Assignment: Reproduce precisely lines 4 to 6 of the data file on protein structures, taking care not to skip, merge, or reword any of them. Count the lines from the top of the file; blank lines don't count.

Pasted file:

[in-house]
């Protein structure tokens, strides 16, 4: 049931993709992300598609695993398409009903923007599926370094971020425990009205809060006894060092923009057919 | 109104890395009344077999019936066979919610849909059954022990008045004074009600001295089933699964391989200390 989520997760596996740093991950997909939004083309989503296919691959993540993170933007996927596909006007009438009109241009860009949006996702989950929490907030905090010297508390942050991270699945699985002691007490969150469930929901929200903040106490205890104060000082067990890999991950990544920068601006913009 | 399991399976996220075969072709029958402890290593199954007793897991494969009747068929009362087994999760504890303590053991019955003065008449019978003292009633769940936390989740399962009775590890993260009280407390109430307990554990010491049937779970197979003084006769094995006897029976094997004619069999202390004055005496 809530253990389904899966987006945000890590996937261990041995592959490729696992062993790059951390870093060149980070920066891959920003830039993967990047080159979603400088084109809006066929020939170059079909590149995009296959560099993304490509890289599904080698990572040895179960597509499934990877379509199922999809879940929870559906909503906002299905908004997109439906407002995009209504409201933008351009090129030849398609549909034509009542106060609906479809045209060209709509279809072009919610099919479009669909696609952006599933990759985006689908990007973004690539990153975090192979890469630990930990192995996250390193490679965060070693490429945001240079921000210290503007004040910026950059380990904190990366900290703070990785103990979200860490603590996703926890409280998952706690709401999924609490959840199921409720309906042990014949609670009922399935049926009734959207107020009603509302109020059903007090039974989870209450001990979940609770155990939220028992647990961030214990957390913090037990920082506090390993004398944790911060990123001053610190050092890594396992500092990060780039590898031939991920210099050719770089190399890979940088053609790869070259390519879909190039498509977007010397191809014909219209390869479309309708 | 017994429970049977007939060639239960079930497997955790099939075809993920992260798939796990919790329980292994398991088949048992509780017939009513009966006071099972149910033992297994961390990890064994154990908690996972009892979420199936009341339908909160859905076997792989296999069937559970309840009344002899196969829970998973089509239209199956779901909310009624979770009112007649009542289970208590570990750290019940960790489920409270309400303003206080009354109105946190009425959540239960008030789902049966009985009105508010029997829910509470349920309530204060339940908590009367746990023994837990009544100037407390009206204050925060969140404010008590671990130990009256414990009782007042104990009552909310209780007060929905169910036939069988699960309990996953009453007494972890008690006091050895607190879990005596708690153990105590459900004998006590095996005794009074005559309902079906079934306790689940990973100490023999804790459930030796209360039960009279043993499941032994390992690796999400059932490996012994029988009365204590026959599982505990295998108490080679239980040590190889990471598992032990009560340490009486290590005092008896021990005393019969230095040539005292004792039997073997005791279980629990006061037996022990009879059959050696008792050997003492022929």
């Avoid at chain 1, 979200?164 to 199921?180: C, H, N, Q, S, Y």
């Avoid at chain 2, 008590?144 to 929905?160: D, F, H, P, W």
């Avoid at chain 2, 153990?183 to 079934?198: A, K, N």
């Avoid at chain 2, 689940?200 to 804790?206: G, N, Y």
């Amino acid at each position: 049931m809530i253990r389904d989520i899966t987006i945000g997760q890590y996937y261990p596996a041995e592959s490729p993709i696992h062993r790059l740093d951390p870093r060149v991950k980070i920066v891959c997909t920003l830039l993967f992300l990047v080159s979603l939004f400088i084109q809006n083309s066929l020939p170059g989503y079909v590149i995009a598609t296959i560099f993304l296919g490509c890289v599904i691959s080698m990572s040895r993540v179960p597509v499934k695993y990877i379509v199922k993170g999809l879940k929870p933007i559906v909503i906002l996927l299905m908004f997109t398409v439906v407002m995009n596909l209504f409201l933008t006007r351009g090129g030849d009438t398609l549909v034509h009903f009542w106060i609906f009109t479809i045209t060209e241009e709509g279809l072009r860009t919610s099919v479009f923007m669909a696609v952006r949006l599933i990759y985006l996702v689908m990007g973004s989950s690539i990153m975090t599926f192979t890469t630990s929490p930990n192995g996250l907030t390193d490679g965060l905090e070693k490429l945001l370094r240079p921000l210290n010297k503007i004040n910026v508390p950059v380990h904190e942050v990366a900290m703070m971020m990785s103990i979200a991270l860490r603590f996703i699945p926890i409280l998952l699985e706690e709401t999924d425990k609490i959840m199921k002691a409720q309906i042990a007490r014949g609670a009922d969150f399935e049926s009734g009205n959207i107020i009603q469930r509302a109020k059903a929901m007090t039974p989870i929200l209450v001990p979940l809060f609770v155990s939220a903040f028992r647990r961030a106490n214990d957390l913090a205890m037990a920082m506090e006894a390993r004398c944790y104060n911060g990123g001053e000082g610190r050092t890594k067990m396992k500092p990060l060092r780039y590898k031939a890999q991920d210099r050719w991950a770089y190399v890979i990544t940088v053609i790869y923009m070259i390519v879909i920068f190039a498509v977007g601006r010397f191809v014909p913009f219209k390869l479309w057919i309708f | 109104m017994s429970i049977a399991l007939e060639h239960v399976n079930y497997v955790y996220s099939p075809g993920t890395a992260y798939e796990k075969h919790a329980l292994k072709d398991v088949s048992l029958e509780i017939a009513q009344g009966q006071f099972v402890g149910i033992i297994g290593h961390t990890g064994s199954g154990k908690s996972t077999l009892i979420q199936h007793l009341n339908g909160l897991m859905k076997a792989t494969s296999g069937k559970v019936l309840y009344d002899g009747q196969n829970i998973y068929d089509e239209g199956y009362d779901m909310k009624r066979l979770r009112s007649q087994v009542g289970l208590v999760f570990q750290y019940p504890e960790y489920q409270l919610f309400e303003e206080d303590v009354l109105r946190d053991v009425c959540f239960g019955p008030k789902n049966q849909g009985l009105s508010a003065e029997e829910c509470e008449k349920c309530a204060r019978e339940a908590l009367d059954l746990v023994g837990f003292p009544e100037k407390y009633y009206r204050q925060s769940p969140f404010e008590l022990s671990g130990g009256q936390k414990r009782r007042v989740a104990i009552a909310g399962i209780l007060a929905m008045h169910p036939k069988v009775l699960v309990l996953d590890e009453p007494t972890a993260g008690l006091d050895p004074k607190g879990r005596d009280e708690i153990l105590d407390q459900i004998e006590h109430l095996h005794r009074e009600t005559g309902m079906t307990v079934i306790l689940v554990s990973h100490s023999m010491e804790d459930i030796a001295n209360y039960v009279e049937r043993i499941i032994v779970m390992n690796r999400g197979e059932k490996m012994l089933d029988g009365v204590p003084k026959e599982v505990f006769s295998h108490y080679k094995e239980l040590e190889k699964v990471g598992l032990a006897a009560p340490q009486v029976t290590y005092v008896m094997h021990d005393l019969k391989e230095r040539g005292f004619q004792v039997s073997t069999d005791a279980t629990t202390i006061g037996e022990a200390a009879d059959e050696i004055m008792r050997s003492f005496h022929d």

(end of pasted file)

């Avoid at chain 2, 008590?144 to 929905?160: D, F, H, P, W």
């Avoid at chain 2, 153990?183 to 079934?198: A, K, N």
């Avoid at chain 2, 689940?200 to 804790?206: G, N, Y």